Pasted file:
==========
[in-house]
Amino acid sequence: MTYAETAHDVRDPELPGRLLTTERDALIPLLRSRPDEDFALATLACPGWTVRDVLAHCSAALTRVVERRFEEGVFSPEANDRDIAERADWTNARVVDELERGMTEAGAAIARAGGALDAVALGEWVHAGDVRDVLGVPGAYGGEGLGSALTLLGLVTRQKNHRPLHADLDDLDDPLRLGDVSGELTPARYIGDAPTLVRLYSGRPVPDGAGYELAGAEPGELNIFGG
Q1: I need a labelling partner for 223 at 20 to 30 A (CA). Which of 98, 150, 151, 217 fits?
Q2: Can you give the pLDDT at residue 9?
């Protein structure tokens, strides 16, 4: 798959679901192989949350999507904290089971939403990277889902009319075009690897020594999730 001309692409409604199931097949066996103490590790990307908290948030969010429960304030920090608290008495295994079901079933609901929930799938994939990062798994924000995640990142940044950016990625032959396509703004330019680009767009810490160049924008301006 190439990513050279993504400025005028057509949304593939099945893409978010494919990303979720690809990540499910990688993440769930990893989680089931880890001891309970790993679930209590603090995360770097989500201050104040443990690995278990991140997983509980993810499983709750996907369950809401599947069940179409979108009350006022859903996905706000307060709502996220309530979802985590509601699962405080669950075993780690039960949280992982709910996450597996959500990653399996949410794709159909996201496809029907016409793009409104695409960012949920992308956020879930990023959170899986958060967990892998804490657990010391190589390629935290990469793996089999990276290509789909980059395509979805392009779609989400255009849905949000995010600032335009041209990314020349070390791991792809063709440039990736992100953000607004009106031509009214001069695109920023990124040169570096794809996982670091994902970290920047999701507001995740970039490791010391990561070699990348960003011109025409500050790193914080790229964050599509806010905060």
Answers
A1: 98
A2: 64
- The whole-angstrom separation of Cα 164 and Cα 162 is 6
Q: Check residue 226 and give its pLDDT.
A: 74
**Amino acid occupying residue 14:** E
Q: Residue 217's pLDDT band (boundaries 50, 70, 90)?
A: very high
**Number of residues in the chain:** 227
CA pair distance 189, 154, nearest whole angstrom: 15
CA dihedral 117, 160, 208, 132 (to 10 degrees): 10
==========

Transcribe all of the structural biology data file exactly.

[in-house]
Amino acid sequence: MTYAETAHDVRDPELPGRLLTTERDALIPLLRSRPDEDFALATLACPGWTVRDVLAHCSAALTRVVERRFEEGVFSPEANDRDIAERADWTNARVVDELERGMTEAGAAIARAGGALDAVALGEWVHAGDVRDVLGVPGAYGGEGLGSALTLLGLVTRQKNHRPLHADLDDLDDPLRLGDVSGELTPARYIGDAPTLVRLYSGRPVPDGAGYELAGAEPGELNIFGG
Q1: I need a labelling partner for 223 at 20 to 30 A (CA). Which of 98, 150, 151, 217 fits?
Q2: Can you give the pLDDT at residue 9?
């Protein structure tokens, strides 16, 4: 798959679901192989949350999507904290089971939403990277889902009319075009690897020594999730 001309692409409604199931097949066996103490590790990307908290948030969010429960304030920090608290008495295994079901079933609901929930799938994939990062798994924000995640990142940044950016990625032959396509703004330019680009767009810490160049924008301006 190439990513050279993504400025005028057509949304593939099945893409978010494919990303979720690809990540499910990688993440769930990893989680089931880890001891309970790993679930209590603090995360770097989500201050104040443990690995278990991140997983509980993810499983709750996907369950809401599947069940179409979108009350006022859903996905706000307060709502996220309530979802985590509601699962405080669950075993780690039960949280992982709910996450597996959500990653399996949410794709159909996201496809029907016409793009409104695409960012949920992308956020879930990023959170899986958060967990892998804490657990010391190589390629935290990469793996089999990276290509789909980059395509979805392009779609989400255009849905949000995010600032335009041209990314020349070390791991792809063709440039990736992100953000607004009106031509009214001069695109920023990124040169570096794809996982670091994902970290920047999701507001995740970039490791010391990561070699990348960003011109025409500050790193914080790229964050599509806010905060």
Answers
A1: 98
A2: 64
- The whole-angstrom separation of Cα 164 and Cα 162 is 6
Q: Check residue 226 and give its pLDDT.
A: 74
**Amino acid occupying residue 14:** E
Q: Residue 217's pLDDT band (boundaries 50, 70, 90)?
A: very high
**Number of residues in the chain:** 227
CA pair distance 189, 154, nearest whole angstrom: 15
CA dihedral 117, 160, 208, 132 (to 10 degrees): 10